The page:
Comic books usually have quite sympathetic heroes. Keep in mind that nearly all the superheroes to appear on the silver screen were invented during or after World War Two, back when the nation still had some sense of decency and normalcy. In those days, writers were not embarrassed by patriots dressed in red, white, and blue.

Superheroes are never supermen in the Nietzschean sense of the term, creatures beyond good and evil. (Only Ozymandias and Dr. Manhattan of Alan Moore’s WATCHMEN fall into this category, a villain and an antihero respectively).  The main point of superheroes is that they are masked men, and therefore they get no reward, not even thanks, for their deeds of derring-do: when Superman saves the planet from an asteroid or an invasion of robots or something, usually he gets is a snub from the alluring Lois Lane, or a browbeating from his irate boss Perry White.  Peter Parker’s boss J. Jonah Jameson is even more irate and beat his brows even more completely. Bruce Wayne might be a wealthy playboy, or Diana Prince an Amazon Princess, but even they are orphans or exiles. The more famous superheroes are the ones who, despite their strange powers or strange backgrounds, have human aches and pains all humans can sympathize with, and the power they have is never self-serving. Superheroes go masked for the same reason knights of old painted their shields blank before tourney: so that he deeds would be done for their own sake, not for praise or reward.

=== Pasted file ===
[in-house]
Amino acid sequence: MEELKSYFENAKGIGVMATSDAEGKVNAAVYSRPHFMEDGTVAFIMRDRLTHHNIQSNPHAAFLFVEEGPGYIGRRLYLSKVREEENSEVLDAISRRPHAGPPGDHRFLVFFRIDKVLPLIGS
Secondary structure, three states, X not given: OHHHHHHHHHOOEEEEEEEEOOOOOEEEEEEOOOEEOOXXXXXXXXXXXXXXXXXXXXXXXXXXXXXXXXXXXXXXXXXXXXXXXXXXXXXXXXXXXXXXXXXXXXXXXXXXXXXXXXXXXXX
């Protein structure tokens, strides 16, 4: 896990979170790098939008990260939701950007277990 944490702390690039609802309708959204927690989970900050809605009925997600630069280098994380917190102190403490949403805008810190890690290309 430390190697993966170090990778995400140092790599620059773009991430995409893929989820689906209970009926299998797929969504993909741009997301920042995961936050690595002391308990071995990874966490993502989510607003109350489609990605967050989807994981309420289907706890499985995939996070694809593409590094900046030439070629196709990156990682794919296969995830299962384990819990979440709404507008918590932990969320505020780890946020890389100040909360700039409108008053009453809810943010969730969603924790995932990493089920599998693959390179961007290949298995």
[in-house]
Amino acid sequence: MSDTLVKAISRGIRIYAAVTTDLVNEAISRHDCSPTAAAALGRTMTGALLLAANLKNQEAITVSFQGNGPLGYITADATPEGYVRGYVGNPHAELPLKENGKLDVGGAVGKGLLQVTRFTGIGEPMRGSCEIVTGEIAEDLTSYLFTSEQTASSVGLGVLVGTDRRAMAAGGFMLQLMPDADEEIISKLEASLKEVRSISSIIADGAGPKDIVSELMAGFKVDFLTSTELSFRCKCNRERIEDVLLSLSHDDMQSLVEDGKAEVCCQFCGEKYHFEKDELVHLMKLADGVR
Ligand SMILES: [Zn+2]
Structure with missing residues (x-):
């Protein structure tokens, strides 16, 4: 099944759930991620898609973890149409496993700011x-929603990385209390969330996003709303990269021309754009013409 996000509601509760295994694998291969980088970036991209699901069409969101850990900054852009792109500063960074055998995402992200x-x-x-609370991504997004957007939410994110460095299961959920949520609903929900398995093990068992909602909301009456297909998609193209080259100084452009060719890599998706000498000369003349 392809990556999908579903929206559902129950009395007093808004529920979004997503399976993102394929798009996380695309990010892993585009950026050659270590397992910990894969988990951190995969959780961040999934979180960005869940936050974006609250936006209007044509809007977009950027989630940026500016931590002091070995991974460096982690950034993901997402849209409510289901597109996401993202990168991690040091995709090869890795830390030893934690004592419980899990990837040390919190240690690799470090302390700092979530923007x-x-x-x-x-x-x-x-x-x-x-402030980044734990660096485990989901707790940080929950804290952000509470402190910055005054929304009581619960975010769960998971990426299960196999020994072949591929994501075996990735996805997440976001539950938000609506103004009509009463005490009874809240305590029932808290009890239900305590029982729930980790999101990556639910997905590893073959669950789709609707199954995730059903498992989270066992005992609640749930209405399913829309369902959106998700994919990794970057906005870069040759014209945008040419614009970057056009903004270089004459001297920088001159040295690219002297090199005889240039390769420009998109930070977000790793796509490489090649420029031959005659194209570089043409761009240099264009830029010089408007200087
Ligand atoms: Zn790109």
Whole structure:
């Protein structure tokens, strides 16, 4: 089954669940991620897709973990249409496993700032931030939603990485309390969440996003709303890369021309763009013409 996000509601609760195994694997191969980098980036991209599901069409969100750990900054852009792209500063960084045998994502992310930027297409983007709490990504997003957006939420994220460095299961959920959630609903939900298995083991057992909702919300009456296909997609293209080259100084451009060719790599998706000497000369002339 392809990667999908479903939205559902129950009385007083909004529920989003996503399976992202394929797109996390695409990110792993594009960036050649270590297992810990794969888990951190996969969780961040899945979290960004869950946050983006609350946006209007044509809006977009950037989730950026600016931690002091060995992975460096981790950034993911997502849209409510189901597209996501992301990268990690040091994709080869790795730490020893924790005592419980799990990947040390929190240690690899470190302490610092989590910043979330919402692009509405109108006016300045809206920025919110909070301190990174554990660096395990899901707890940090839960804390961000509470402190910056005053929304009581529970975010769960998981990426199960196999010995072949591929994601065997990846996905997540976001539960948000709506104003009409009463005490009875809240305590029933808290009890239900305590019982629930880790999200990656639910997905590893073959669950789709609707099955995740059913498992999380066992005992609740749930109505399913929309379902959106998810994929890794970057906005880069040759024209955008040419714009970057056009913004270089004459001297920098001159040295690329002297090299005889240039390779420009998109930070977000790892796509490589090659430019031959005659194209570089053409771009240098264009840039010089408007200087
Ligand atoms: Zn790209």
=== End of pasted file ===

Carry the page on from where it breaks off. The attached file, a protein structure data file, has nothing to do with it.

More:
While it is true that Superman in costume might get a ticker tape parade, or a nod of thanks from the Warden, Clark Kent out of costume gets nothing; and Spiderman in or out of costume gets even less, since he gets blamed and called a menace even while he is saving people. Were it not for this meekness, superheroes would be insufferable.

This description does not describe the Fantastic Four, who, in a breach with convention, have no secret identities; nonetheless, the appeal of the Fantastic Four is that, in a second breach with convention, squabble among themselves, and have problems with neighbors complaining about superexperiments exploding in Reed’s lab, or with the ghastly Ben Grimm he seeks only the return of his human face and form, and regards his distorted super-strength as a curse. The Fantastic Four have other means to retain their essential humanity and human appeal aside from disguises.